The Life of Johannes Kepler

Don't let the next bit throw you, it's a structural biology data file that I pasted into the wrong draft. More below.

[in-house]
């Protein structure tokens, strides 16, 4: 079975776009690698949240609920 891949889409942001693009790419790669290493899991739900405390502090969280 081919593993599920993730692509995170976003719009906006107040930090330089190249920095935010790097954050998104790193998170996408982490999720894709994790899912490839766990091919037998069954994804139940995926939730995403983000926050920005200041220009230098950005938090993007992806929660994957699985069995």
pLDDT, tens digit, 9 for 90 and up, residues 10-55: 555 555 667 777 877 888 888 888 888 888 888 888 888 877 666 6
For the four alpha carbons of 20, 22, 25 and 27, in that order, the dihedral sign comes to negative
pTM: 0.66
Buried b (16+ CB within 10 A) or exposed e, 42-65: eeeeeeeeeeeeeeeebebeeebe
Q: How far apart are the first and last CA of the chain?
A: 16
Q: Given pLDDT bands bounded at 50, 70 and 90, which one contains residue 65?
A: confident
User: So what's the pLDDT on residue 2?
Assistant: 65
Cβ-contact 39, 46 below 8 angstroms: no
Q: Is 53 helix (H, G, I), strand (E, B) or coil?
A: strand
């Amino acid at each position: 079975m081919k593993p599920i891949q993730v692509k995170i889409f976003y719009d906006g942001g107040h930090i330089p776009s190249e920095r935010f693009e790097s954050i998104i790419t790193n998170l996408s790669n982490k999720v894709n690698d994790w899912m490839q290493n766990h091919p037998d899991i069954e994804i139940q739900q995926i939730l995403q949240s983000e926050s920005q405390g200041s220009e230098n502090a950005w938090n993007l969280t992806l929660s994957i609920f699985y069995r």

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The Life of Johannes Kepler HIS LIFE Johannes Kepler was a German astronomer and mathematician ho discovered that planetary motion is elliptical. Early in his life, Kepler wanted to prove that the universe obeyed Platonistic mathematical relationships, such as the planetary orbits were circular and at distances from the sun proportional to the Platonic solids (see paragraph below). However, when his friend the astronomer Tycho Brahe died, he gave Kepler his immense collection of astronomical observations. After years of studying these observations, Kepler realized that his previous thought about planetary motion were wrong, and he came up with his three laws of planetary motion. Unfortunately, he did not have a unifying theory for these laws. This had to until Newton formulated his laws of gravity and motion. PLATONIC SOLIDS A platonic solid is a solid having similar, regular polygonal faces. There are five Platonic solids: the icosahedron, tetrahedron, octahedron, dodecahedron, and cube. They are characterized by the fact that each face is a straight-sided figure with equal sides and equal angles: Tetrahedron: 4 triangular faces, 4 vertices, 6 edges Cube: 6 square faces, 8 vertices, 12 edges Octahedron: 8 triangular faces, 6 vertices, 12 edges Dodecahedron: 12 pentagonal faces, 20 vertices, 30 edges Icosahedron: 20 triangular faces, 12 vertices, 30 edges Many people wonder why there should be exactly five Platonic solids, and whether there is one that has not been found yet. However, it is easy show that there must be five and that there cannot be more than five. At each vertex, at least three faces must come together, because if only two came together they would collapse against o... ... middle of paper ... ...ere derived strictly from careful observation and had no theoretical basis. However, about 30 years after Kepler died, the English mathematician/physicist Sir Isaac Newton derived his inverse square law of gravity, which says that the force acting on two gravitating bodies is proportional to the product of their masses and inversely proportional to the square of the distance between them. Kepler's laws may be derived from this theoretical principle using calculus. Bibliography: 1) Calculus: A First Course James Stewart, Thomas Davison, Bryan Ferroni McGraw-Hill Ryerson Limited Copyright 1989 2) Applied Physics Third Edition Arthur Beiser McGraw-Hill Limited Copyright 1995 3) 4) 5)

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